I had a piece of olive green stretch corduroy in my stash, a meager piece of 1 and 1/3 yards (60"wide). The pattern (S2455) calls for 1 and 7/8 plus the dreaded "more fabric needed for one-way design and to match plaids". Corduroy falls into that category, all pieces needing to go one way. I stared at it a few times and one day I thought ... tweedy-boucle-ish sleeves.
I think this is a little sleeper of a pattern, Simplicity 2455. Looks kind of serious and businesslike in the pattern images but has nice princess seams, easy to make lapels and a hint of peplum. Here is the first one I made, in blue uncut corduroy.
In the post for the first version, I have some notes on how to get that inside corner of the collar/lapel intersection nice and smooth.
I used the needle board again for pressing this jacket, and if you go to the other post you can see some photos showing why/how to use it. It is kind of a pain to remember, but this olive green fabric is cotton corduroy with a bit of lycra, so once a seam is pressed things are good to go, not that much pressing to do, and the important thing to remember is NOT to put the iron down on that right side of the fabric!
Now stop staring at that undercollar. Or am I drawing your attention to it? See the stripes, horizontal on one side, vertical on the other. Also no choice. After all, the undercollar has to go on the bias. So here is a look at the wool fabric, the selvedge is on the left. See the devious problem? As I did not see when I bought it. Diagonal stripes. But I did have a brainwave right before I cut out these sleeves, and did some draping on the dress form. If I had cut it out on the straight of grain, then while both sleeves would have had diagonal stripes but since the sleeves are mirror images the stripes would have been oriented in opposite directions. Hard to explain but take it from me, it looked weird. So the answer is - breaking all kinds of sewing rules, cut the sleeves out on the bias. Turned the diagonal stripes into vertical ones. Result - worked very well on this loosely woven fabric and gives them a sweater-ish quality that is perfect.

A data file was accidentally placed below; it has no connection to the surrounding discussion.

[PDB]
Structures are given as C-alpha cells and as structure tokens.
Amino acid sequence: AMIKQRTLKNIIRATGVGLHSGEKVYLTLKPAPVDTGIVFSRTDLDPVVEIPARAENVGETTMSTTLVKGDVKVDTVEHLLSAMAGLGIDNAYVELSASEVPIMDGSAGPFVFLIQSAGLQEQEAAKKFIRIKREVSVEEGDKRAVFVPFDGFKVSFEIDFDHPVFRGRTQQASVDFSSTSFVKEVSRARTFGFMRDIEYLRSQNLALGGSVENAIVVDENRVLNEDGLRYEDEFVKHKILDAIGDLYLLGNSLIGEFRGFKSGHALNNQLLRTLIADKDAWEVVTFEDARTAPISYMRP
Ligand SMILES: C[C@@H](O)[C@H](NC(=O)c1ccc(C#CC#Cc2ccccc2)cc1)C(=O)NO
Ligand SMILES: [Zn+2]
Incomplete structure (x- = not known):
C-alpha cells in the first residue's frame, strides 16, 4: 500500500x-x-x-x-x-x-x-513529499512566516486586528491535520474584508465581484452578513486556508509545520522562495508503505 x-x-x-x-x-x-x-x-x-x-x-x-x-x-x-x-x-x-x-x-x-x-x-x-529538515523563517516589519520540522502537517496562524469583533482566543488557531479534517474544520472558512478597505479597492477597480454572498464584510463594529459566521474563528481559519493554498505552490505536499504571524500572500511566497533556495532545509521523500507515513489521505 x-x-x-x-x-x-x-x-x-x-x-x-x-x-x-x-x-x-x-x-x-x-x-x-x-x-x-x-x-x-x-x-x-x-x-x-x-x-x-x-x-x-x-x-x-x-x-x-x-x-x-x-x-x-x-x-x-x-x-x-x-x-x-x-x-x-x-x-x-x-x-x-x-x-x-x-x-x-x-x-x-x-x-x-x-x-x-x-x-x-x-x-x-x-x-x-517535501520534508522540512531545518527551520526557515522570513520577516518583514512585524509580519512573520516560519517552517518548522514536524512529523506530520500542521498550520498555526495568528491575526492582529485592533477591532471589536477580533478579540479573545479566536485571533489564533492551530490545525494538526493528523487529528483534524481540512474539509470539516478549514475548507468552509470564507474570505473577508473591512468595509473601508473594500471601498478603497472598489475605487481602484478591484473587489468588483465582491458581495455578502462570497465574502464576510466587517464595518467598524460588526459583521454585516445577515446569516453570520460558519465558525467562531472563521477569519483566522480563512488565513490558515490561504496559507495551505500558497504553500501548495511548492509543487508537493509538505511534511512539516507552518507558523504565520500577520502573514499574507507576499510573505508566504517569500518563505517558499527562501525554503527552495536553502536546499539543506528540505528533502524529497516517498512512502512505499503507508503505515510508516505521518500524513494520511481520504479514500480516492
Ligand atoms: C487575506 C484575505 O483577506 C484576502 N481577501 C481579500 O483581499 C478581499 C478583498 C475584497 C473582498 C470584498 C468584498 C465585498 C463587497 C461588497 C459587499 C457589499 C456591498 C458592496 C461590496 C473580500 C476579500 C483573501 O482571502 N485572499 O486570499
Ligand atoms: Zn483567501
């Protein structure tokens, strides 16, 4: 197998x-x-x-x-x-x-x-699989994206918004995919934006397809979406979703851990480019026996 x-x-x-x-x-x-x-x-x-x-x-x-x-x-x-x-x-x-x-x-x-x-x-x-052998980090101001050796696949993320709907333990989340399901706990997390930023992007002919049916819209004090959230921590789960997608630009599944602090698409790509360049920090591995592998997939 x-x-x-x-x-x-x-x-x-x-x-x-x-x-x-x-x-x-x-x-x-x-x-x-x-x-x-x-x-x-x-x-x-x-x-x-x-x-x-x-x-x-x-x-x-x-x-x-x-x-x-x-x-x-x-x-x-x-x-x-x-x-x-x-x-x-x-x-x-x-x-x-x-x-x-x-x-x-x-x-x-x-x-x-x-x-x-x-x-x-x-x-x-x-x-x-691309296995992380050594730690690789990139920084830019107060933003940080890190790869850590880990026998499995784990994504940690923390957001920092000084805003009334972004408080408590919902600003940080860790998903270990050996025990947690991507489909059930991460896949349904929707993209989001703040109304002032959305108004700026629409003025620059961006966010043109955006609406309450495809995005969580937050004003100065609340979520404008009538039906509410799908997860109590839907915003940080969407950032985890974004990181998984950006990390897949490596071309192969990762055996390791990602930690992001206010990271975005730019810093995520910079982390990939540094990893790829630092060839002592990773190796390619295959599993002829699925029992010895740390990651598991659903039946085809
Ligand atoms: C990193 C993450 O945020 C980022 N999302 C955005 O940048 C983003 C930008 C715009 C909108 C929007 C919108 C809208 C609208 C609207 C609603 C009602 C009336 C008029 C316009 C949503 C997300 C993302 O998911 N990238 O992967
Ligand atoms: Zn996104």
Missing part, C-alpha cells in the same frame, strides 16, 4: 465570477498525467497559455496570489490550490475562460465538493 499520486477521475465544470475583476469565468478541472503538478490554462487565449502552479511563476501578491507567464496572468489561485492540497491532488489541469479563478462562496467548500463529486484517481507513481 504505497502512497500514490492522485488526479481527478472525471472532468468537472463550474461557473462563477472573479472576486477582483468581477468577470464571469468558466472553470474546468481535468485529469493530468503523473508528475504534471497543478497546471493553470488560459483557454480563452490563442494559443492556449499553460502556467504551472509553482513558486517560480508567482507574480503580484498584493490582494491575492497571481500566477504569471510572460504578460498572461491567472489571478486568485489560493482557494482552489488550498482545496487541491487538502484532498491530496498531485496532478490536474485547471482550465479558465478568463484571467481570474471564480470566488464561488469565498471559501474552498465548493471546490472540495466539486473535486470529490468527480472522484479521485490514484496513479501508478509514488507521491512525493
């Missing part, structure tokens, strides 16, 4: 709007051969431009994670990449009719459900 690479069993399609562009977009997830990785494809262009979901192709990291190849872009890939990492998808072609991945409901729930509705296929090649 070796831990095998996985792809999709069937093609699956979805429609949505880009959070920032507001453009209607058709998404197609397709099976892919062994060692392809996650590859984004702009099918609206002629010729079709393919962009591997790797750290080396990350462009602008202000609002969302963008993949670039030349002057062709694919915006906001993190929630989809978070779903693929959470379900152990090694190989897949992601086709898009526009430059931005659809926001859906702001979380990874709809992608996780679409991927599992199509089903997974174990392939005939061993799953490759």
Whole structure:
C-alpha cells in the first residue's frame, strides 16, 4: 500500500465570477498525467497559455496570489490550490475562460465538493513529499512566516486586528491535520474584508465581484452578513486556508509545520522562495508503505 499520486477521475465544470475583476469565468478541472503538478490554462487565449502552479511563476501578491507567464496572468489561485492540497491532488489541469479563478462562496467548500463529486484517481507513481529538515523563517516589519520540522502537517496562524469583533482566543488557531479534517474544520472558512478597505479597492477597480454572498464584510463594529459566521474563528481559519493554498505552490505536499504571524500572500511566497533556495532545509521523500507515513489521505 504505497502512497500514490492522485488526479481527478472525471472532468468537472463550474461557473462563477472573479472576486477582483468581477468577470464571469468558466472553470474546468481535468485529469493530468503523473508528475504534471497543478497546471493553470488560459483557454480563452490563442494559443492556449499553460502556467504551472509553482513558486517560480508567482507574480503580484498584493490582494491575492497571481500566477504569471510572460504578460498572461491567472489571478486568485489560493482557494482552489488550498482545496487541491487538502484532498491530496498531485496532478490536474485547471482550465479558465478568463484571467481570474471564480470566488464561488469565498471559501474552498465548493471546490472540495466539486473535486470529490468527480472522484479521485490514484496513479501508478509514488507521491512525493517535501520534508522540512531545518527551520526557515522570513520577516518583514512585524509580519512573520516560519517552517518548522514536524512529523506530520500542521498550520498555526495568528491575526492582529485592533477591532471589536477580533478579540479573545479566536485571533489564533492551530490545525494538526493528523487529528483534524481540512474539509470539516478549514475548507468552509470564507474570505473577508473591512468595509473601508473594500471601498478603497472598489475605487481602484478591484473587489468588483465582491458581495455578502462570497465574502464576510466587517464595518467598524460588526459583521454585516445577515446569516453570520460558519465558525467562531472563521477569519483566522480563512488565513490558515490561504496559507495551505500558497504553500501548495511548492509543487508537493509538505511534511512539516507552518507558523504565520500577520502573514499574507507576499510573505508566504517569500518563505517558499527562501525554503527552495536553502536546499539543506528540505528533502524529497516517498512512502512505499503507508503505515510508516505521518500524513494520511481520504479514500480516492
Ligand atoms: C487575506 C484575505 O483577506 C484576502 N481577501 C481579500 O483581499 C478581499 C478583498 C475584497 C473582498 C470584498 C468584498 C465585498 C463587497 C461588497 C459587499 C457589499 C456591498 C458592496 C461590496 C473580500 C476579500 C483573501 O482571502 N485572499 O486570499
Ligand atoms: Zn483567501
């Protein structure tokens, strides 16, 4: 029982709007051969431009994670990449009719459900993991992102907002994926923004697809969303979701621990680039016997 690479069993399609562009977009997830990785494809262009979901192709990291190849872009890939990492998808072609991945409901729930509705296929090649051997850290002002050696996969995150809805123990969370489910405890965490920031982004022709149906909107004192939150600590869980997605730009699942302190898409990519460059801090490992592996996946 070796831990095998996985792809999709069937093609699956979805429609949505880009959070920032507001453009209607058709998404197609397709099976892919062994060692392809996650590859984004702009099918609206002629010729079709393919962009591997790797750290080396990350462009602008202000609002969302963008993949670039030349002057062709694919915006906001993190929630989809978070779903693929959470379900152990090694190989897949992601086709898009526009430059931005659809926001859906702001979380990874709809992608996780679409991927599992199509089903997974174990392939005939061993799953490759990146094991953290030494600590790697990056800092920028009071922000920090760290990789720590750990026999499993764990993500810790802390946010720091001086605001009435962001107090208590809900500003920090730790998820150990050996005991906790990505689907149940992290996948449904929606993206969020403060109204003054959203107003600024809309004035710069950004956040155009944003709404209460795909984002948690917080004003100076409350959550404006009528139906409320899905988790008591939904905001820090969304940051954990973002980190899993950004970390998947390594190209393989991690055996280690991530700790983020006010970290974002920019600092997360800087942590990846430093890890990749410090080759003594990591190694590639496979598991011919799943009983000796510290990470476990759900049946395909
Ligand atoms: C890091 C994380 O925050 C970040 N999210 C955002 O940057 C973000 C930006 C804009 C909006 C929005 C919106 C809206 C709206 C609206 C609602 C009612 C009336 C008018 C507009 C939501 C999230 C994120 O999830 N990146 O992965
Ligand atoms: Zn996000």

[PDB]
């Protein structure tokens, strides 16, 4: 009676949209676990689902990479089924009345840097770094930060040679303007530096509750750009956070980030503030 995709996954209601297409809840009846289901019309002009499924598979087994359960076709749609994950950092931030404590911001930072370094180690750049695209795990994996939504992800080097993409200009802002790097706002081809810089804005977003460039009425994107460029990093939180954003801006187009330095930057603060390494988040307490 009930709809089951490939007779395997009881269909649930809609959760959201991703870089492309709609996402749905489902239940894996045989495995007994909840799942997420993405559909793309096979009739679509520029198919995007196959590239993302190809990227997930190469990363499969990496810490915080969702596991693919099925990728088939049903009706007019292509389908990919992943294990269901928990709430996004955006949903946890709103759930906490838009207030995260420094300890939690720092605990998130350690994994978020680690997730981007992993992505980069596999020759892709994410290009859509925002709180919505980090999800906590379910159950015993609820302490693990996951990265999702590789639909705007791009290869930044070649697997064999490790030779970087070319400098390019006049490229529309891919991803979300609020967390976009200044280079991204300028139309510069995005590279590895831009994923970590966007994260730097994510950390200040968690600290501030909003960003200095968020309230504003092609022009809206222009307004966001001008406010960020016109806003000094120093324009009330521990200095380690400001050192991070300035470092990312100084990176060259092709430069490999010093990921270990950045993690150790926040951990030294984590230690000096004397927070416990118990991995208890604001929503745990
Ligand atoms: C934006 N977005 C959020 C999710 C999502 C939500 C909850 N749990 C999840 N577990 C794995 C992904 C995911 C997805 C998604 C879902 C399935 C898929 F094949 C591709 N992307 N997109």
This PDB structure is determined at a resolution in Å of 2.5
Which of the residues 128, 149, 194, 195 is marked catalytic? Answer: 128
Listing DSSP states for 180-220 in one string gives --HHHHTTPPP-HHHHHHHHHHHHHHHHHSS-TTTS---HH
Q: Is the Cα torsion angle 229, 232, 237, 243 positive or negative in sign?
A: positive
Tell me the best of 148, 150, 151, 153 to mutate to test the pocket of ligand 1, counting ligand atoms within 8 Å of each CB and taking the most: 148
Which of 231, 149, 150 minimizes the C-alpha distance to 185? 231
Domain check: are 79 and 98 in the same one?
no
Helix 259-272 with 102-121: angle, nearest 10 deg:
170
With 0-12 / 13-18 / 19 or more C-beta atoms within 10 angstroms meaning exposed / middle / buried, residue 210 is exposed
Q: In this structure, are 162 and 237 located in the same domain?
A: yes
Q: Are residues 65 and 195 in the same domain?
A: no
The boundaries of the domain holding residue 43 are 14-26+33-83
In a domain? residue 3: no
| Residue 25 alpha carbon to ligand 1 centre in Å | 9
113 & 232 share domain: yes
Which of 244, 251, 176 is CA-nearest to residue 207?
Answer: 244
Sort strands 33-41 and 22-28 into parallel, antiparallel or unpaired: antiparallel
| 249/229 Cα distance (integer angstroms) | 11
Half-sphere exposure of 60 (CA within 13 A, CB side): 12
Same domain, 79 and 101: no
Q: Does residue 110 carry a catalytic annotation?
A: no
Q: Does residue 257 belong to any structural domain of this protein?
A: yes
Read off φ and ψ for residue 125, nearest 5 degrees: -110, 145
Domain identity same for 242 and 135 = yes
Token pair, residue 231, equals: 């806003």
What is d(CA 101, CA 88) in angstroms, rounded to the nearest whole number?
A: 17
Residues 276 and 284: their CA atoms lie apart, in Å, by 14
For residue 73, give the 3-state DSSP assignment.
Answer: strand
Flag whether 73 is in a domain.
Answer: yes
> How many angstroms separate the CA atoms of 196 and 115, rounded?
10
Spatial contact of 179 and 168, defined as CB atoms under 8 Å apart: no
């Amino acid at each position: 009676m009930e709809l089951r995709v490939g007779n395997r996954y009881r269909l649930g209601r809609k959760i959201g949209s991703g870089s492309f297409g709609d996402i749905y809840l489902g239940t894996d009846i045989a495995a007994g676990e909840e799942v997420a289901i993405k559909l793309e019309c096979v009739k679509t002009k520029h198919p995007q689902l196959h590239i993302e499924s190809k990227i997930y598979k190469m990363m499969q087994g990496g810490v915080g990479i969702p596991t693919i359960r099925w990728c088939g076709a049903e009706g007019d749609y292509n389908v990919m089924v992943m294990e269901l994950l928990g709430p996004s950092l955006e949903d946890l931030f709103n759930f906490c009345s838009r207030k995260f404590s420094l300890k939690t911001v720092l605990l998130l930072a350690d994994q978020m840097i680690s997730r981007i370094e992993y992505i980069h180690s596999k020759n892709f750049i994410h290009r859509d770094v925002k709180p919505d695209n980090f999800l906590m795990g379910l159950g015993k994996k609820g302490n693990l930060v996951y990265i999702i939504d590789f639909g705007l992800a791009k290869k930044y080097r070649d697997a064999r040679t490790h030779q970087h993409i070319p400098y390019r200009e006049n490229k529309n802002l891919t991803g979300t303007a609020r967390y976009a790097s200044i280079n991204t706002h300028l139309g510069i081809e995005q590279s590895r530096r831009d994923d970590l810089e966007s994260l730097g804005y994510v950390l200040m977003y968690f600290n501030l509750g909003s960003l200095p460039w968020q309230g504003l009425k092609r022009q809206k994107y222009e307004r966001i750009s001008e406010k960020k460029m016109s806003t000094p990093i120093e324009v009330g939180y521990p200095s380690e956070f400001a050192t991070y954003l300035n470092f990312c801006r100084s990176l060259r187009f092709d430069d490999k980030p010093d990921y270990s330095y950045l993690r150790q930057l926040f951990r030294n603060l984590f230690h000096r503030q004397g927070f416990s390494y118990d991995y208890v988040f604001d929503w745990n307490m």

Other inside details. You know I am a fanatic about trimming the inside of a garment. Banish all possible lumpy bits. Here is how I do the hem on the facing, it looks a bit rough as it is a very casual corduroy garment, no pretence at all to being a well tailored jacket. On the facing I did press it directly so there is the mark from the iron, however the needle board was under it so the outer side is still all plushy and smooth.
My usual motley crew of assorted linings. I did happen to have this piece that matched so I used that for the parts near the front. To make it neater I wrapped the lining around the bottom of the facing, enclosing all those ravely bits of corduroy. When I do a lining I most always put that little pleat at the bottom, it just gives the lining a little more "breathing space" letting it hang inside the garment and not pull at the outer fabric. I can't remember if this pattern calls for a lining, I just cut out the main pattern pieces and then wing it on the dress form with the jacket inside out, pinning and stitch on by hand.
As with the previous jacket version, I did a bound buttonhole because the machine button hole maker would have marked up the front. Another find from the button jar. Do you have one of these goofy little tools? No idea what it is called, the "button raiser-upper" "button height adjuster" ? Anyway if it is a BIG button and buttonhole I use a pencil, but for anything less than that I use this gizmo. Which would be more useful if one had 3 hands, but it works once you get the first few stitches in. Kind of a weird photo, though, but I wanted to show how it is used.
Our weather has turned warm, tomorrow's plan is a hike, maybe wearing shorts ! Woohoo! (we are enjoying the temps but I fear one of our drought summers is a possibility) and I am planning to be outside and away from the sewing machine this weekend to soak up some sun. The Pattern Pyramid drawing from my last post is coming up, so make a comment if you are interested. I appreciate the interest in recent comments about fit and pattern alteration so I will start some posts on that next.
Happy Is it Spring Yet? Sewing, Beth